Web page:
Bank Negara Malaysia recently reduced the overnight policy rate by 25 basis points to 2.75%, the lowest level since 2011. With this measure, the central bank hopes to improve the growth trajectory.
While a growing number of economists are sceptical about recognising the eventual stimulus role played by cuts in the interest rate, and some of them believe that such a measure is key in generating boom and bust cycles, the first question I wish to pose is: Are we trusting monetary policy too much?
Indeed, if it would work perfectly as described by textbooks — lower the rate to stimulate the economy and raise it to cool down prices — monetary policy would be an easy tool, and we would not experience economic crises. In fact, central bank actions are based on past information (and information always evolves), and it takes time for such actions to produce effects (and the bigger the time lag, the bigger the evolution of the context).
It is important to understand that monetary policy is a signal more than an objective fact. By lowering the interest rate, the central bank wishes to communicate that more financial resources have been made available for investment (or that borrowing money is cheaper).
However, as economists such as Friedrich Hayek, Ludwig Lachmann and Don Lavoie have taught us, economic reality is not shaped merely by facts; what counts more is the way in which economic agents interpret the signals generated by objective facts. Prices, for example, are objective figures, but purchasing decisions are taken by consumers according to how those figures are interpreted by them.
The objective fact here is the interest rate cut. One potential interpretation is that more financial resources are available — or that “money is cheaper” — and this would eventually call for more investment (which may be also malinvestment).
However, this is not the only possible interpretation. Market players may think that the central bank is worried about the present status of the economy and therefore may become even more conservative and hold back. In a nutshell, the economy is made by billions of individual actions linked by signal interpretations; in such a system, nothing is automatic and the result of an action is open-ended by nature.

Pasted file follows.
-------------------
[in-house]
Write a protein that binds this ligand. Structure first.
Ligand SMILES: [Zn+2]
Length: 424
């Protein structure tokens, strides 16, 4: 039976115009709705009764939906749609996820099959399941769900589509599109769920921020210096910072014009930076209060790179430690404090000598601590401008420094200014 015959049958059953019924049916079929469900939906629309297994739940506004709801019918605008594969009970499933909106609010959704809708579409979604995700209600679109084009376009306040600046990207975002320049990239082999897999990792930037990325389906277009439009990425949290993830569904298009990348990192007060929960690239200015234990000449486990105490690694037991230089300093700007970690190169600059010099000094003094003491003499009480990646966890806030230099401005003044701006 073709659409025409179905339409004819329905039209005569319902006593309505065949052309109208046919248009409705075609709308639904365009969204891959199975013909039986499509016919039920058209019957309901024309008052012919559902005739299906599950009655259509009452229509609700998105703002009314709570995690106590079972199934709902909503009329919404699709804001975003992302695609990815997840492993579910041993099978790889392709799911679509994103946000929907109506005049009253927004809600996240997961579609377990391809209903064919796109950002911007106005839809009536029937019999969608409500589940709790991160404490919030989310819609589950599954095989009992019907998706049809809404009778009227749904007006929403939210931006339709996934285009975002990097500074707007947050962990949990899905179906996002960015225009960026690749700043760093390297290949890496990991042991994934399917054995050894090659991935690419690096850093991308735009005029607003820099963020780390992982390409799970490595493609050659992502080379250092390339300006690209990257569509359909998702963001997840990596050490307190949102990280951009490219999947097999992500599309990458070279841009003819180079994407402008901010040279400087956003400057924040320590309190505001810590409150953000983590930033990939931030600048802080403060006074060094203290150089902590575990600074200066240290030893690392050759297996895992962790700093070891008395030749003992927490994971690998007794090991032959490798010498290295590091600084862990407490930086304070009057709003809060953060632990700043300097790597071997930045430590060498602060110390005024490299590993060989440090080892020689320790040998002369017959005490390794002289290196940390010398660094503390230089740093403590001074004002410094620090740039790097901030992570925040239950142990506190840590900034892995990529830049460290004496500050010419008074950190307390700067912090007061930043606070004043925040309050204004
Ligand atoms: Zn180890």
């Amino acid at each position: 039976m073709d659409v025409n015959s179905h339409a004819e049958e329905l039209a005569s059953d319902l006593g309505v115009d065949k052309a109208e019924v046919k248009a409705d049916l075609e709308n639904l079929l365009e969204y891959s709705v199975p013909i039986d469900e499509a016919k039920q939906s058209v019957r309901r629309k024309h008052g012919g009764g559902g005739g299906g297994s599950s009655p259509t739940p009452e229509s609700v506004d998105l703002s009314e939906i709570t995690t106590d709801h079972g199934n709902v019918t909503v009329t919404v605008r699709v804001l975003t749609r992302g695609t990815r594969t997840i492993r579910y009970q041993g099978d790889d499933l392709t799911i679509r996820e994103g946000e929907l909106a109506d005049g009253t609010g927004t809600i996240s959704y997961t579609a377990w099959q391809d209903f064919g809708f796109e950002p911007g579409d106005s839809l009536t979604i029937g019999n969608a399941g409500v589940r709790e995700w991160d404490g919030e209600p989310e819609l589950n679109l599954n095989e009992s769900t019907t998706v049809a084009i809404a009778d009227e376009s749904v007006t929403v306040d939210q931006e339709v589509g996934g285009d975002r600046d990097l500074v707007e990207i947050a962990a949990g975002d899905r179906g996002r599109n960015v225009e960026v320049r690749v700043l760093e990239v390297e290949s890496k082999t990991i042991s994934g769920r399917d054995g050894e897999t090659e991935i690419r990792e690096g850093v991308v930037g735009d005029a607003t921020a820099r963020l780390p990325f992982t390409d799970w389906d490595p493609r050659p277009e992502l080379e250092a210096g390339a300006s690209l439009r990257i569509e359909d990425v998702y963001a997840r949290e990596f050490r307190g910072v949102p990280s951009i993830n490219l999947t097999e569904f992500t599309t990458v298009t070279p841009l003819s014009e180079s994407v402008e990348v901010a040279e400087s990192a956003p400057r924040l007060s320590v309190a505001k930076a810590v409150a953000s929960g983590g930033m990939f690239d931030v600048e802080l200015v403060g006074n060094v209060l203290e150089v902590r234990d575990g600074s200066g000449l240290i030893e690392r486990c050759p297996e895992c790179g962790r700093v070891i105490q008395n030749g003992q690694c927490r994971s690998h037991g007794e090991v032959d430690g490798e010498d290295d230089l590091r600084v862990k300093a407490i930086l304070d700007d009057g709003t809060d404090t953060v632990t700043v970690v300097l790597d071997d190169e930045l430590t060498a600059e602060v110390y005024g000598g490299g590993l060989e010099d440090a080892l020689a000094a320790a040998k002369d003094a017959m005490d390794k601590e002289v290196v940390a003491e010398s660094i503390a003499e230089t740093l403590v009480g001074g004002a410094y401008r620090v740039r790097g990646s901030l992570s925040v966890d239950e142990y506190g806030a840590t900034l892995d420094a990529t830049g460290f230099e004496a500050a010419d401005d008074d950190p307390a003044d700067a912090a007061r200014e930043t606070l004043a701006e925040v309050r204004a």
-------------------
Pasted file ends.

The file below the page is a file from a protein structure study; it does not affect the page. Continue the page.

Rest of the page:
The second point I wish to raise is strictly linked to the first one. The underlying question is still the same: Do we trust monetary policy too much? When we believe that the interest rate is the main driver for investment, we are disregarding the basic fact that entrepreneurial decisions are mainly driven by profit expectations. It is enough to look at the mixed results produced by quantitative easing in Europe: If businesspeople do not expect a bright future, no matter how low the interest rate is, they simply do not invest.
In the context of Malaysia, for example, a clearer political framework could play a bigger role in stimulating economic activity than expansionary monetary policies. It would be important for the government to have a clearer political economy agenda, in order for investors to have a better idea of what to expect for the future, to know in which context their entrepreneurial and investment activities would unfold. In fact, if profit expectations are the main driver for investment, a general climate of uncertainty would make it more difficult to form that positive profit expectation, negatively affecting the business mood.
A clearer political scenario may thus produce better effects than monetary policy. In fact, while cutting the interest rate directly affects the quantity of money, stimulating the economy by virtually “creating” resources and risking overinflating the economic system, a higher degree of certainty at the institutional level is “neutral” — it does not affect economic variables, but simply creates a better and safer environment for entrepreneurial actions.
Carmelo Ferlito is senior fellow at the Institute for Democracy and Economic Affairs (IDEAS)